System Sensors

Your system likely has many sensors built in for displaying useful information on internal hardware status. For example, the commands below will help in finding the path to system temperature sensors.

user@host ~ $:sensors -f
coretemp-isa-0000
Adapter: ISA adapter
Package id 0:  +80.6°F  (high = +176.0°F, crit = +212.0°F)
Core 0:        +73.4°F  (high = +176.0°F, crit = +212.0°F)
Core 1:        +73.4°F  (high = +176.0°F, crit = +212.0°F)
Core 2:        +69.8°F  (high = +176.0°F, crit = +212.0°F)
Core 3:        +68.0°F  (high = +176.0°F, crit = +212.0°F)

acpitz-acpi-0
Adapter: ACPI interface
temp1:        +82.0°F  (crit = +221.0°F)
temp2:        +85.6°F  (crit = +221.0°F)

nouveau-pci-0100
Adapter: PCI adapter
GPU core:     +0.97 V  (min =  +0.60 V, max =  +1.27 V)
fan1:         691 RPM
temp1:        +89.6°F  (high = +203.0°F, hyst = +37.4°F)
                       (crit = +221.0°F, hyst = +41.0°F)
                       (emerg = +275.0°F, hyst = +41.0°F)
power1:       36.13 W  (crit = 275.00 mW)

asus-isa-0000
Adapter: ISA adapter
cpu_fan:        0 RPM

We can see that the CPU and GPU temperature sensors are known to our system as coretemp-isa-0000 and nouveau-pci-0100, respectively. Run the command below to list the system path to all connected temperature devices by name, and cross-check these two outputs to gather the needed information for your sensors.

user@host ~ $:for i in /sys/class/hwmon/hwmon*/temp*_input; do echo "$(<$(dirname $i)/name): $(cat ${i%_*}_label 2>/dev/n
ull || echo $(basename ${i%_*})) $(readlink -f $i)"; done

acpitz: temp1 /sys/devices/virtual/thermal/thermal_zone0/hwmon0/temp1_input
acpitz: temp2 /sys/devices/virtual/thermal/thermal_zone0/hwmon0/temp2_input
coretemp: Package id 0 /sys/devices/platform/coretemp.0/hwmon/hwmon2/temp1_input
coretemp: Core 0 /sys/devices/platform/coretemp.0/hwmon/hwmon2/temp2_input
coretemp: Core 1 /sys/devices/platform/coretemp.0/hwmon/hwmon2/temp3_input
coretemp: Core 2 /sys/devices/platform/coretemp.0/hwmon/hwmon2/temp4_input
coretemp: Core 3 /sys/devices/platform/coretemp.0/hwmon/hwmon2/temp5_input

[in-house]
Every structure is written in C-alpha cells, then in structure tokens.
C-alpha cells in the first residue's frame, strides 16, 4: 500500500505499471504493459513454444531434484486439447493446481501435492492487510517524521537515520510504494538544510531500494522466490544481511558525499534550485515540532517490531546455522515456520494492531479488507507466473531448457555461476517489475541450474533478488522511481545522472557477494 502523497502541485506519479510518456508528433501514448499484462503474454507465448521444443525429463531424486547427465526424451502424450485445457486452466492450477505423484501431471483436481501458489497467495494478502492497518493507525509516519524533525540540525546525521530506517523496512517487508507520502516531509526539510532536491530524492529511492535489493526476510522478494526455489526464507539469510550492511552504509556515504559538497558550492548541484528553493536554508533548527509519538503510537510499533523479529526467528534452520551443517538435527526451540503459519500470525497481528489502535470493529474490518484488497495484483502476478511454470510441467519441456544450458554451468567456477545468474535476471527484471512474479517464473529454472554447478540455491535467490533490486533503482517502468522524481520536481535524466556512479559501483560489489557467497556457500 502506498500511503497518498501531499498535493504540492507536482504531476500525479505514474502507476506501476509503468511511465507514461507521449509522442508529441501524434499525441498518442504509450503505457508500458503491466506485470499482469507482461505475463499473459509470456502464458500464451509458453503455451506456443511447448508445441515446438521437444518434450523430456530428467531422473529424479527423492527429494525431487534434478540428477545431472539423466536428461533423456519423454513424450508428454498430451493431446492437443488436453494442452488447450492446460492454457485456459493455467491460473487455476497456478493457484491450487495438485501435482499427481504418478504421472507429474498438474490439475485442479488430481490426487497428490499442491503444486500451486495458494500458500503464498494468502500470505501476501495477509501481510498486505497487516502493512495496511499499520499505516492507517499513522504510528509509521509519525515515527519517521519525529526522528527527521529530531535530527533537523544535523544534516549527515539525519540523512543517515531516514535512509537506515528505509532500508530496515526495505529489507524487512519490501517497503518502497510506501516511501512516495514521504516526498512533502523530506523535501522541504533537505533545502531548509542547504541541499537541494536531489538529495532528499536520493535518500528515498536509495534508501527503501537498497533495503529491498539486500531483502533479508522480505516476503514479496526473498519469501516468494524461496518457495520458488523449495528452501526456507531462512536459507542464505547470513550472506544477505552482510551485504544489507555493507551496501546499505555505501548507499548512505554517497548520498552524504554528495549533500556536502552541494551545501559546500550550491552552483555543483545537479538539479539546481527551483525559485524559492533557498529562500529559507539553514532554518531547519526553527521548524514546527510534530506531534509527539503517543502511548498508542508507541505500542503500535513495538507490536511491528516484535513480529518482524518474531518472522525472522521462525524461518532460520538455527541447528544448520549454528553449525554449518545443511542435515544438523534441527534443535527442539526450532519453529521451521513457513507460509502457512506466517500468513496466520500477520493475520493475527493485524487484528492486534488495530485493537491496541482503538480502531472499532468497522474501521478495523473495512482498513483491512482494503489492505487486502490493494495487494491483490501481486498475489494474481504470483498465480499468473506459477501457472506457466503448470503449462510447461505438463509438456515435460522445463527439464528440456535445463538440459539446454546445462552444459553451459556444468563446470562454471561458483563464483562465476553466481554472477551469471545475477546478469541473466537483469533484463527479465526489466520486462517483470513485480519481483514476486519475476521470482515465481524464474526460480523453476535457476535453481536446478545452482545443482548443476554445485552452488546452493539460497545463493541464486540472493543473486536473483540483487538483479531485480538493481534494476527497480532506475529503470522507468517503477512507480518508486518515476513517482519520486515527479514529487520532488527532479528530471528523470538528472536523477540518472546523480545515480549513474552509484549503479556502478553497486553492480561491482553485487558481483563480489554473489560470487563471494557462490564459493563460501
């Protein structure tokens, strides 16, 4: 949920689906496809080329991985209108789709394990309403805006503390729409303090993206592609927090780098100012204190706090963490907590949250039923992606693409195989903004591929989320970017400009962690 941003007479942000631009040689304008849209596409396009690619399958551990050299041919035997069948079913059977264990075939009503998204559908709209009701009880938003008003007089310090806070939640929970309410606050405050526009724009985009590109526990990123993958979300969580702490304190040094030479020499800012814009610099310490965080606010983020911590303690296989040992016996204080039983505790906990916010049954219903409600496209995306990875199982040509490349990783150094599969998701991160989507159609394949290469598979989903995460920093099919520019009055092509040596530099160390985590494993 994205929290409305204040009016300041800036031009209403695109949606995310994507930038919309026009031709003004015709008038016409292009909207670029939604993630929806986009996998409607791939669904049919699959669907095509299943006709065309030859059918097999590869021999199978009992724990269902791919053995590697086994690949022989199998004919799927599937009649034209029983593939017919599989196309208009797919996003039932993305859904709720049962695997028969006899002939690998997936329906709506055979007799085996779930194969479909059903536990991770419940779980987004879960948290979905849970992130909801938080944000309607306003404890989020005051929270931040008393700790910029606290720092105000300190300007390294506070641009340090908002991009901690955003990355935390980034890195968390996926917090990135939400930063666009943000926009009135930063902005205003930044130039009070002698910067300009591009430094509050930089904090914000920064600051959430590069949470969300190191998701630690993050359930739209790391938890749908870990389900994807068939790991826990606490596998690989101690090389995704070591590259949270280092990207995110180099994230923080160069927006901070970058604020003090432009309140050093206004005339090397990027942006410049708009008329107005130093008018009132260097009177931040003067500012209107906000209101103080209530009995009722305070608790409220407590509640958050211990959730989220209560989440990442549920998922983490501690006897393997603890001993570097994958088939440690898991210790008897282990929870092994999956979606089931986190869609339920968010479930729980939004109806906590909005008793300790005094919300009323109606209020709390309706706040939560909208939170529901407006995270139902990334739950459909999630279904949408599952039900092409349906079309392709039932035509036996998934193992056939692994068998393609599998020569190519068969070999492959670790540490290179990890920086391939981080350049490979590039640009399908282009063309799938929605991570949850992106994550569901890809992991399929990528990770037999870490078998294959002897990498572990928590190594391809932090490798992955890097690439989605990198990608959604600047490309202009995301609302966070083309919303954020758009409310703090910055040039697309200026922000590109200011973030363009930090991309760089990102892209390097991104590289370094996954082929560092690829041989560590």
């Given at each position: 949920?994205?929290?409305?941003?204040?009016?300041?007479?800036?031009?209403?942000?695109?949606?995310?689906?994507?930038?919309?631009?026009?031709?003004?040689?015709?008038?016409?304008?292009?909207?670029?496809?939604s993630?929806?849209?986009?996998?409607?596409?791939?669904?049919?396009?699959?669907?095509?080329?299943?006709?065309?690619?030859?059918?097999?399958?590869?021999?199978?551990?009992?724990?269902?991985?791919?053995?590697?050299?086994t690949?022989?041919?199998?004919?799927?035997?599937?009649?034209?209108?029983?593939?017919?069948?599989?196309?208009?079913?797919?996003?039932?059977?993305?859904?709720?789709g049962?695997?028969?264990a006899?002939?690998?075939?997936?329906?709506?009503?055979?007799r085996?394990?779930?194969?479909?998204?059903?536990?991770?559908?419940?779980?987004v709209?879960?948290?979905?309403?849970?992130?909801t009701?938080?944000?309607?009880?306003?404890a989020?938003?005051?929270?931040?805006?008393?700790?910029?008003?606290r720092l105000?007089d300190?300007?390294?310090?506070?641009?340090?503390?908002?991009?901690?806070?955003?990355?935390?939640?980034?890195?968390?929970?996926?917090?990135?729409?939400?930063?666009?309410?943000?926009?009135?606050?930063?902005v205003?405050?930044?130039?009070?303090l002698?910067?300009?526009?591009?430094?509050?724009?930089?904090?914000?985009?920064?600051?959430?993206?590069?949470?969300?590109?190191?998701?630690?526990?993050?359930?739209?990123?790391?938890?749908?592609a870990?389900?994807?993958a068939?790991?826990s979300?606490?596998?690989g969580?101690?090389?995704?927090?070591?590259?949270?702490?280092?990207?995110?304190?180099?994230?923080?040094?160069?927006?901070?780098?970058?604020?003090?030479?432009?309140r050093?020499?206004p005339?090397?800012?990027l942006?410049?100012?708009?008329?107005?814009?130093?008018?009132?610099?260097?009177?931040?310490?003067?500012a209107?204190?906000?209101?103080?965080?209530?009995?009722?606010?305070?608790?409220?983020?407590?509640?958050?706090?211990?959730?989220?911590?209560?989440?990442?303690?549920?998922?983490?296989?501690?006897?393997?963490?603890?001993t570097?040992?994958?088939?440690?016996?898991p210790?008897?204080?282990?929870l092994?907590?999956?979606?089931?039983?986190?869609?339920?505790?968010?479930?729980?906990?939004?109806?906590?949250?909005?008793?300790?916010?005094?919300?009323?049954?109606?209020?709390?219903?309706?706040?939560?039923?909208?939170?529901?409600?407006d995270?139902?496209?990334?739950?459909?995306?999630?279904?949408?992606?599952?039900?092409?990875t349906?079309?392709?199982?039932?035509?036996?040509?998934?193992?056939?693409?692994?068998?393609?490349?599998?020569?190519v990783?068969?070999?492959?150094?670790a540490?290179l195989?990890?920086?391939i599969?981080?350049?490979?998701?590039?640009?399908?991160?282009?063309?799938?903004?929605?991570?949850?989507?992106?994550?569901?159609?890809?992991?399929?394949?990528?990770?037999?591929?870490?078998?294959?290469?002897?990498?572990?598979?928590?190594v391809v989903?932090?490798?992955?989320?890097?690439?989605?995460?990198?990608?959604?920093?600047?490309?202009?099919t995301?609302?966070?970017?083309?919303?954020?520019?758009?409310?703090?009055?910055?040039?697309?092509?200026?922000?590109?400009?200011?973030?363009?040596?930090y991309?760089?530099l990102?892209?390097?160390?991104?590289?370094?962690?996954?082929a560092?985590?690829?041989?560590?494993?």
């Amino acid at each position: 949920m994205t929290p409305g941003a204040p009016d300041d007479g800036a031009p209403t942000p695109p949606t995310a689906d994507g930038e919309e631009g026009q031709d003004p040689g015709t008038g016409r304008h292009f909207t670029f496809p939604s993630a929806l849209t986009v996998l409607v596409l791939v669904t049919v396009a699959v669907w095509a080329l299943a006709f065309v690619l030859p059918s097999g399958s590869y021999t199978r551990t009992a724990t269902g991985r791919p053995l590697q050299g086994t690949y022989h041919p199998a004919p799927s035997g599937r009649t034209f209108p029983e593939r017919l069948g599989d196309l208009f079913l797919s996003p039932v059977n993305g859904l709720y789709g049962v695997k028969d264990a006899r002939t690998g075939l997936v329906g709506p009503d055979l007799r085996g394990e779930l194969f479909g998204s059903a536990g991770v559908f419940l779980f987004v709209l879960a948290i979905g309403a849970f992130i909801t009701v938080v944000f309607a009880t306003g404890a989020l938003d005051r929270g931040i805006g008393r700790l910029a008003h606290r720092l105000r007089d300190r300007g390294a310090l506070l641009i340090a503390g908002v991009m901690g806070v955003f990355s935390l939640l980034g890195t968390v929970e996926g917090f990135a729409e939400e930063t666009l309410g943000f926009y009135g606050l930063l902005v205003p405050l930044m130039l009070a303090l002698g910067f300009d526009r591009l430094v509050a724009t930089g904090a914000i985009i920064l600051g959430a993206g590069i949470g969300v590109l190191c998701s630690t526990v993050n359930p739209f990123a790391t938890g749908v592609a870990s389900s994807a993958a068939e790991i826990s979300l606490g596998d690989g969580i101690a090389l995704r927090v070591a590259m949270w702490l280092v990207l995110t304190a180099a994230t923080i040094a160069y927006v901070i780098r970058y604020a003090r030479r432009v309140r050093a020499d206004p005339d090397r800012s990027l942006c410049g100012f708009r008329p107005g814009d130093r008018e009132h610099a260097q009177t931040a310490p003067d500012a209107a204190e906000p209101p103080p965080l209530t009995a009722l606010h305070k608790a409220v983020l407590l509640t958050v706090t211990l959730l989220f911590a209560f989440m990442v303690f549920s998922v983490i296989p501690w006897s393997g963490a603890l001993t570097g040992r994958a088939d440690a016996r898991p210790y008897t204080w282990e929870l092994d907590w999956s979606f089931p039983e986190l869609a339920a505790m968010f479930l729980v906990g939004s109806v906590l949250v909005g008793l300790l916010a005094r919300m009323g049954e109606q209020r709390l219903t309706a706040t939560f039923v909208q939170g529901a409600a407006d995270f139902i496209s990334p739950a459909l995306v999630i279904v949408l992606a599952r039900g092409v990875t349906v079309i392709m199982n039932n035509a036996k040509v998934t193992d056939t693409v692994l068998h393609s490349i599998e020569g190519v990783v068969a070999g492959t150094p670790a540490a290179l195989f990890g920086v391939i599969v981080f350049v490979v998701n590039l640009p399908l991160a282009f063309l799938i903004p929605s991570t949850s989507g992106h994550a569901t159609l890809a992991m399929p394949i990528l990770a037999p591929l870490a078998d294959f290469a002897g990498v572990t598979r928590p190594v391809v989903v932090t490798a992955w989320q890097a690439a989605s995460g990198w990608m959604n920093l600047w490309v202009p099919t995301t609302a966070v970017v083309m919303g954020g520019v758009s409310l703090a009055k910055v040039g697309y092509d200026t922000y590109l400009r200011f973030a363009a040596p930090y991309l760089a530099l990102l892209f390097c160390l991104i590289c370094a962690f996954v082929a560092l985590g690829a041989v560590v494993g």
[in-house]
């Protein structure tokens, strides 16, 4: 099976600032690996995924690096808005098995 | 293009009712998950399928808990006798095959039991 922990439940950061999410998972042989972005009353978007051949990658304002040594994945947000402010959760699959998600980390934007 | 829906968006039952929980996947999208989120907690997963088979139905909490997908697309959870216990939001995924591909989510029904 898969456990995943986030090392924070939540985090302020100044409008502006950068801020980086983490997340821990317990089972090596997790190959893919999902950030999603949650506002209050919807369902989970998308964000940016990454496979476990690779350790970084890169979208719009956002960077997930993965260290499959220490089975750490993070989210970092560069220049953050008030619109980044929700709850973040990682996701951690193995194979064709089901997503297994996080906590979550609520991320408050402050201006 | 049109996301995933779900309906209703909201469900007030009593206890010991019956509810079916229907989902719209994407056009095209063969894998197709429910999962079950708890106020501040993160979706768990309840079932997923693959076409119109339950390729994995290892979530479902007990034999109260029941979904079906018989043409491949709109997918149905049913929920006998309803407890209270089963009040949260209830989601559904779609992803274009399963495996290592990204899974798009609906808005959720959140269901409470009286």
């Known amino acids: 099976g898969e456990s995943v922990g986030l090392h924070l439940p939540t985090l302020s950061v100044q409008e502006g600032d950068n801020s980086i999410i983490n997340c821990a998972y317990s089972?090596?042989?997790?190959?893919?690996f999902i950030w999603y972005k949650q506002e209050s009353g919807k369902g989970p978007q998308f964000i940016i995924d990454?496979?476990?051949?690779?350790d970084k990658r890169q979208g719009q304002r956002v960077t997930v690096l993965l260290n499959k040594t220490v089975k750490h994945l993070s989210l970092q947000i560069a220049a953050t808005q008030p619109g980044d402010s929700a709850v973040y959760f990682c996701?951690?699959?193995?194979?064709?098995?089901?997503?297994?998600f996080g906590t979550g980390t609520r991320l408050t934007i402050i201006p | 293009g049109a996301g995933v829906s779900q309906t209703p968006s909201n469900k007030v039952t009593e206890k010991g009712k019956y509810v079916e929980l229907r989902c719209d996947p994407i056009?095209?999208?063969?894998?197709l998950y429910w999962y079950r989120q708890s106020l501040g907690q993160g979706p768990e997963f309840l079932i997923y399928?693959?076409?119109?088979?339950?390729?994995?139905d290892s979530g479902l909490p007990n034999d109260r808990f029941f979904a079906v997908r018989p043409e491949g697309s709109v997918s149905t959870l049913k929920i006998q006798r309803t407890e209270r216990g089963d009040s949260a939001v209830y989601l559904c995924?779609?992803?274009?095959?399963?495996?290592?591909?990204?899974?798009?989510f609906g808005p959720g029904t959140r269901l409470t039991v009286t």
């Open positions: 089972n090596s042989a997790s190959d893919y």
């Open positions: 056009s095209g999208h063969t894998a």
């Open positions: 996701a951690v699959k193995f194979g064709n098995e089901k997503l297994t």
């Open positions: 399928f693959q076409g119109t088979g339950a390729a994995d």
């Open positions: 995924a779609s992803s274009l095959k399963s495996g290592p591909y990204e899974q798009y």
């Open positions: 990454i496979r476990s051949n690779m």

nouveau: temp1 /sys/devices/pci0000:00/0000:00:01.0/0000:01:00.0/hwmon/hwmon3/temp1_input

Displays

When attempting to manage displays, whether its the orientation or enabling / disabling, look to the man pages for xrandr. See the commands below for some examples.

# Output information on displays
xrandr

# List the output names for displays
xrandr --output

# Move DP-2 to the right of HDMI-1
xrandr --output DP-2 --right-of HDMI-1
``

#### Timezone

To see date / time, run `date`

To adjust local TZ settings, run `tzselect`. Pay attention to the final output of this tool as it will explain how to make your change permenant. For me, I had to add the following to the end of my `~/.profile` :

```bash
TZ='America/New_York'; export TZ

Memory

Some useful commands to find information on memory usage -

# Output various memory details
cat /proc/meminfo
#Can be used with grep, awk, etc for more specific output..
# ex) Show MiB of memory available
grep -w MemAvailable: /proc/meminfo | awk '{print $2 / 1024 "MiB"}'

Input Devices

Run the following to get information on input devices attached to the machine -

# In the output shown below, my keyboard is AT Translated Set 2 keyboard
xinput list
# Example output:
⎡ Virtual core pointer                          id=2    [master pointer  (3)]
⎜   ↳ Virtual core XTEST pointer                id=4    [slave  pointer  (2)]
⎜   ↳ Elan Touchpad                             id=10   [slave  pointer  (2)]
⎣ Virtual core keyboard                         id=3    [master keyboard (2)]
    ↳ Virtual core XTEST keyboard               id=5    [slave  keyboard (3)]
    ↳ Power Button                              id=6    [slave  keyboard (3)]
    ↳ Power Button                              id=7    [slave  keyboard (3)]
    ↳ Sleep Button                              id=8    [slave  keyboard (3)]
    ↳ TOSHIBA Web Camera - HD: TOSHIB           id=9    [slave  keyboard (3)]
    ↳ AT Translated Set 2 keyboard              id=11   [slave  keyboard (3)] 

# Test the device.. 
xinput test "AT Translated Set 2 keyboard"
# Example output:
key release 36
key press   40
dkey release 40
key press   50
key release 50
# The output above shows me pressing / releasing keys in real time.
# Exit with CTRL-C

Power Supplies / AC Adapters

# List power supplies, AC adapters -
ls -l /sys/class/power_supply/
# Example output...
lrwxrwxrwx 1 root root 0 Mar 23 23:02 AC -> ../../devices/LNXSYSTM:00/LNXSYBUS:00/PNP0A08:00/device:00/PNP0C09:00/ACPI0003:00/power_supply/AC
lrwxrwxrwx 1 root root 0 Mar 23 23:02 BAT0 -> ../../devices/LNXSYSTM:00/LNXSYBUS:00/PNP0A08:00/device:00/PNP0C09:00/PNP0C0A:00/power_supply/BAT0
# Above, my battery is seen as BAT0, my AC port for charging is AC